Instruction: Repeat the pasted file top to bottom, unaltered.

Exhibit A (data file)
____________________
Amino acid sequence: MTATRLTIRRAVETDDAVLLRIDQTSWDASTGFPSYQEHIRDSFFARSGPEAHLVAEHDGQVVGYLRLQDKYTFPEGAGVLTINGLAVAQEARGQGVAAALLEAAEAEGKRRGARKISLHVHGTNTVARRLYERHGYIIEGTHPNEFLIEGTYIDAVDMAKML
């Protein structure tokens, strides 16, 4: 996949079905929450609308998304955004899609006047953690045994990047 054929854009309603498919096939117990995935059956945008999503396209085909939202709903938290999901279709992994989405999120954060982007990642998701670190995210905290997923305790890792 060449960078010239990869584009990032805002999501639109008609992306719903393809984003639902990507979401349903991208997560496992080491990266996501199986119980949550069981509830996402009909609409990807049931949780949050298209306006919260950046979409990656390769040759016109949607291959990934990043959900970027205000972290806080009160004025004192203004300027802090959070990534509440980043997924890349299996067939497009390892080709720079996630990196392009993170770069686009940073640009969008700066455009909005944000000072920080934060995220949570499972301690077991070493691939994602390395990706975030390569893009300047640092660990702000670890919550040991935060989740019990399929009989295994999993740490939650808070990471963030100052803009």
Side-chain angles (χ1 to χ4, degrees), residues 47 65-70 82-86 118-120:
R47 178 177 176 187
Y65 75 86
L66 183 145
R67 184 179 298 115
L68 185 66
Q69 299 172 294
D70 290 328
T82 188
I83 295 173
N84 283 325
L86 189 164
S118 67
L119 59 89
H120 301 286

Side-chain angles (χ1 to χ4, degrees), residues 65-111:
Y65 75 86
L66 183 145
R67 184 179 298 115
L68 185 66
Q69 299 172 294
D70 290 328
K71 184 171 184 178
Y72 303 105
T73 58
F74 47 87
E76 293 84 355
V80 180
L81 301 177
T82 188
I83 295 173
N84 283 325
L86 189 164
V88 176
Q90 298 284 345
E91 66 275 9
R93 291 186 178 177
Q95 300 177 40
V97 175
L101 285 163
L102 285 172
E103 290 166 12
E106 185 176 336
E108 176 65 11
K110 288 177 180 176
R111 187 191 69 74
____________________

Amino acid sequence: MTATRLTIRRAVETDDAVLLRIDQTSWDASTGFPSYQEHIRDSFFARSGPEAHLVAEHDGQVVGYLRLQDKYTFPEGAGVLTINGLAVAQEARGQGVAAALLEAAEAEGKRRGARKISLHVHGTNTVARRLYERHGYIIEGTHPNEFLIEGTYIDAVDMAKML
């Protein structure tokens, strides 16, 4: 996949079905929450609308998304955004899609006047953690045994990047 054929854009309603498919096939117990995935059956945008999503396209085909939202709903938290999901279709992994989405999120954060982007990642998701670190995210905290997923305790890792 060449960078010239990869584009990032805002999501639109008609992306719903393809984003639902990507979401349903991208997560496992080491990266996501199986119980949550069981509830996402009909609409990807049931949780949050298209306006919260950046979409990656390769040759016109949607291959990934990043959900970027205000972290806080009160004025004192203004300027802090959070990534509440980043997924890349299996067939497009390892080709720079996630990196392009993170770069686009940073640009969008700066455009909005944000000072920080934060995220949570499972301690077991070493691939994602390395990706975030390569893009300047640092660990702000670890919550040991935060989740019990399929009989295994999993740490939650808070990471963030100052803009």
Side-chain angles (χ1 to χ4, degrees), residues 47 65-70 82-86 118-120:
R47 178 177 176 187
Y65 75 86
L66 183 145
R67 184 179 298 115
L68 185 66
Q69 299 172 294
D70 290 328
T82 188
I83 295 173
N84 283 325
L86 189 164
S118 67
L119 59 89
H120 301 286

Side-chain angles (χ1 to χ4, degrees), residues 65-111:
Y65 75 86
L66 183 145
R67 184 179 298 115
L68 185 66
Q69 299 172 294
D70 290 328
K71 184 171 184 178
Y72 303 105
T73 58
F74 47 87
E76 293 84 355
V80 180
L81 301 177
T82 188
I83 295 173
N84 283 325
L86 189 164
V88 176
Q90 298 284 345
E91 66 275 9
R93 291 186 178 177
Q95 300 177 40
V97 175
L101 285 163
L102 285 172
E103 290 166 12
E106 185 176 336
E108 176 65 11
K110 288 177 180 176
R111 187 191 69 74